In November 2011, Dr. Helen Cross and I had the great pleasure of visiting India to lecture but also learn from Dr. Janak Nathan about how he has been able to modify the ketogenic diet culturally to be effective in India. This country certainly has many patients with epilepsy, occasionally sadly untreated due to stigma or sometimes the high cost of anticonvulsant drugs. Dr. Nathan learned how to use the ketogenic diet in the 1990s during a visit to Johns Hopkins. Dr. John Freeman and Millicent Kelley RD taught Dr. Nathan the basics of the ketogenic diet which he then brought back to his hometown of Mumbai (Bombay).
Very quickly, he realized that it wasn't going to work if given the same way. First, the high fat foods often used in the West (hamburgers, butter, creams) were not as palatable for Indian children culturally. They missed the breads (naans and rotis) and used different meats (no cow products), often meals need to be vegetarian as well. Second, he found very high cholesterol values when foods like this (using ghee) were given. Dr. Nathan adapted quickly, using soy products and mixed fats (polyunsaturated). Since then, the diet is more widely accepted and appears interestingly to induce less elevation in cholesterol, something the rest of the world can learn from. His work with polyunsaturated fatty acids (PUFAs) was specifically discussed during the 2011 American Epilepsy Society ketogenic diet special interest group, in fact.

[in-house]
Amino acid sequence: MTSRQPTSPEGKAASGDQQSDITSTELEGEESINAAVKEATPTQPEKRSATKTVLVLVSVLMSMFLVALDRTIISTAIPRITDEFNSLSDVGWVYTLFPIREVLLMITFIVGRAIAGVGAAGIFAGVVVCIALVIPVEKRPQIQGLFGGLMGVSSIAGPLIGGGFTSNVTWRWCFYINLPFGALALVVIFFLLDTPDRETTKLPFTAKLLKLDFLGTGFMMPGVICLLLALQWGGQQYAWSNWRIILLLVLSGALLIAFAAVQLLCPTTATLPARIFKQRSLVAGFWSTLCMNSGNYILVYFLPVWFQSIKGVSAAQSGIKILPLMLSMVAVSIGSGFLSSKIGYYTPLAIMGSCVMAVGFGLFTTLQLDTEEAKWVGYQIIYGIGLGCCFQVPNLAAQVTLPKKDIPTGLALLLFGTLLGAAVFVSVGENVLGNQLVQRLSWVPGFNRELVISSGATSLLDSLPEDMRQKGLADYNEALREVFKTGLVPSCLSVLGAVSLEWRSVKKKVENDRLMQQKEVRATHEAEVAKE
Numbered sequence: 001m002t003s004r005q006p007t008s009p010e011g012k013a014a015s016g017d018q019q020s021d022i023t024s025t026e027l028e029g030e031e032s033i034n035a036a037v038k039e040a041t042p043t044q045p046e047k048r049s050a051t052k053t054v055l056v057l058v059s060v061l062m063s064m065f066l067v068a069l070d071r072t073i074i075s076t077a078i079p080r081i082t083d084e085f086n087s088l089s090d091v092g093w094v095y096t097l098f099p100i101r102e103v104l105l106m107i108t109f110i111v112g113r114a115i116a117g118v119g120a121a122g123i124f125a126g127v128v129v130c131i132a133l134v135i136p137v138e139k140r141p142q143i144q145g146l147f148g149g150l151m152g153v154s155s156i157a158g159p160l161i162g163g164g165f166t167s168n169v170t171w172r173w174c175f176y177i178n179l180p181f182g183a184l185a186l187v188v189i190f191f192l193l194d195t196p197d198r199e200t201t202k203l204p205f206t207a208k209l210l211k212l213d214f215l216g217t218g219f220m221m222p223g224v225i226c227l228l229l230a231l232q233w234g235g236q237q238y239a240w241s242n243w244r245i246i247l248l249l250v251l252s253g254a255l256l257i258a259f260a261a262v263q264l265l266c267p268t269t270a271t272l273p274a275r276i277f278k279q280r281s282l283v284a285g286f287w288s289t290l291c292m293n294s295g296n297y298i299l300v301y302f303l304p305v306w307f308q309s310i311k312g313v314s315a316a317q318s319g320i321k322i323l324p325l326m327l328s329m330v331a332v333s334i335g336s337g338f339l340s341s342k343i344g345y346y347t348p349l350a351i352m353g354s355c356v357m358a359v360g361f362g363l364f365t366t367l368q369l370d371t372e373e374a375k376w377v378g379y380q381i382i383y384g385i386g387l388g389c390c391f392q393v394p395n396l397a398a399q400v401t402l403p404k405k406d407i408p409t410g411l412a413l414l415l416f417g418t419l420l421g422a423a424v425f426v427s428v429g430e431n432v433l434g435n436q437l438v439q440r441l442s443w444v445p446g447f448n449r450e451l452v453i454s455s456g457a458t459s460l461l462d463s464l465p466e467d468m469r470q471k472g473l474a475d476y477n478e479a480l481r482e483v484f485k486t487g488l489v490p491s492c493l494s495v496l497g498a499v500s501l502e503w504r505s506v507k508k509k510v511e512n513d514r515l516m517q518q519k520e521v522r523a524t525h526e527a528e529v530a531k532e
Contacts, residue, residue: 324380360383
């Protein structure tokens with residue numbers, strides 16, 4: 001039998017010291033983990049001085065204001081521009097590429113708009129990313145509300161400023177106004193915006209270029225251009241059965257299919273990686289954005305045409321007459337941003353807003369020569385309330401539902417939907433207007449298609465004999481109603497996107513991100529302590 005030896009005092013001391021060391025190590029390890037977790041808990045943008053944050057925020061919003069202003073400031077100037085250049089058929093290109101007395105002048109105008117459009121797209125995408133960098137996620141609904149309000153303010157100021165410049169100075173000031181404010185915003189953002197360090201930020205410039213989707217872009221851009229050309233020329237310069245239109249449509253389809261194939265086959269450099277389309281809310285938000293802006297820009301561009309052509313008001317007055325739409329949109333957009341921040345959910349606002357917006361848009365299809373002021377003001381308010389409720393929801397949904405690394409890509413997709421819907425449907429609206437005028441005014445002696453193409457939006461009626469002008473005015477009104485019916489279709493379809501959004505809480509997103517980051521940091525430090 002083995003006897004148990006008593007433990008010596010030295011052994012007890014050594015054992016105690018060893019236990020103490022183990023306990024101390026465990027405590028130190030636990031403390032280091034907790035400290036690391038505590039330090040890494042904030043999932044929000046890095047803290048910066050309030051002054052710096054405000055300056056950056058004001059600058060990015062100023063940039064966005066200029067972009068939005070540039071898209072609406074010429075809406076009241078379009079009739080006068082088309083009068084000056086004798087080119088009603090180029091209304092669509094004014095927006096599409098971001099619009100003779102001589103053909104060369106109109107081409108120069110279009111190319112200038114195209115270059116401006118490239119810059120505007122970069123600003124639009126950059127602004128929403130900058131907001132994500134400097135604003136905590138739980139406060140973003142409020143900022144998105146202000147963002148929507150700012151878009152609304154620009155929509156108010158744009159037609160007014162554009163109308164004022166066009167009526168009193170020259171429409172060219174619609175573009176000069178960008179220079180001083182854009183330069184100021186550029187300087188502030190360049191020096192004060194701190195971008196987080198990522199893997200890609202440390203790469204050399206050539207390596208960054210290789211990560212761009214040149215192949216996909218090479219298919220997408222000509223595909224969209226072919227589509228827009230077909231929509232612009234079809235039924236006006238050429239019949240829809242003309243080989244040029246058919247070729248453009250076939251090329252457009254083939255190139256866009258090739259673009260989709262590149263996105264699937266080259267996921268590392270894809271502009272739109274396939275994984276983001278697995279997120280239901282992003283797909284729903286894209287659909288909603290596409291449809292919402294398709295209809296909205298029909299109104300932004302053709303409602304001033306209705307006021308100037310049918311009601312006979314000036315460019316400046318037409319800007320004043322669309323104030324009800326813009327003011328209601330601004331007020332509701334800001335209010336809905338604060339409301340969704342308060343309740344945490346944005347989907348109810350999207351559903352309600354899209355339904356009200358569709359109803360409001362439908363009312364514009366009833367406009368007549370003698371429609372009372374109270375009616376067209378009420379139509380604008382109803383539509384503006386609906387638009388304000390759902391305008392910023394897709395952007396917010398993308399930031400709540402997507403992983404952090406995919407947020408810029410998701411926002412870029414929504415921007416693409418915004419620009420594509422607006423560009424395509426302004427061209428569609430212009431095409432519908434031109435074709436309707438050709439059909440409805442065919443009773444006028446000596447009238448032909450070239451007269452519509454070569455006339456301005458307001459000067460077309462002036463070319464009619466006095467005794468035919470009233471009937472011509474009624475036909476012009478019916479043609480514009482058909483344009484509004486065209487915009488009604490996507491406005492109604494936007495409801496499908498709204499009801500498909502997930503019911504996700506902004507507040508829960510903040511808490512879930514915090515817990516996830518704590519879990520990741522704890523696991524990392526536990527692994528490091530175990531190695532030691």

Dr. Nathan is just one man, so he has spent years training other ketogenic diet centers, including a large center in New Delhi coordinated by Dr.Suvasini Sharma, who has published several articles on her work, specifically on the modified Atkins diet and infantile spasms. In addition, he has lectured to centers nearby India such as in Sri Lanka. By bringing the diet to India and other regions nearby, he has done an amazing job in helping countless children get help.
This past November, Dr. Helen Cross (Institute of Child Health in London, UK) and I were the guest speakers at a 2-day workshop held in Mumbai, India. Dr. Nathan organized the meeting, which attracted approximately 50 neurologists and dietitians. Topics ranged from the history of diets to their implementation and eventual discontinuation, including basic science evidence for their use. On the final day, several individual centers provided their personal experiences and research findings to the group. Dr. Nathan has been in contact with the Anita Kauffman Foundation (http://akfus.org/), the creators of "Purple Day", and at the end of the meeting all participants wore purple shirts for a group photograph. These centers were in various stages of experience, but we believe are now more confident and eager to implement dietary therapy as a result of the conference.
Nathan JK, Purandare AS, Parekh ZB, Manohar HV. Ketogenic Diet in Indian Children with uncontrolled epilepsy. Indian Pediatr. 2009 Aug;46(8):669-73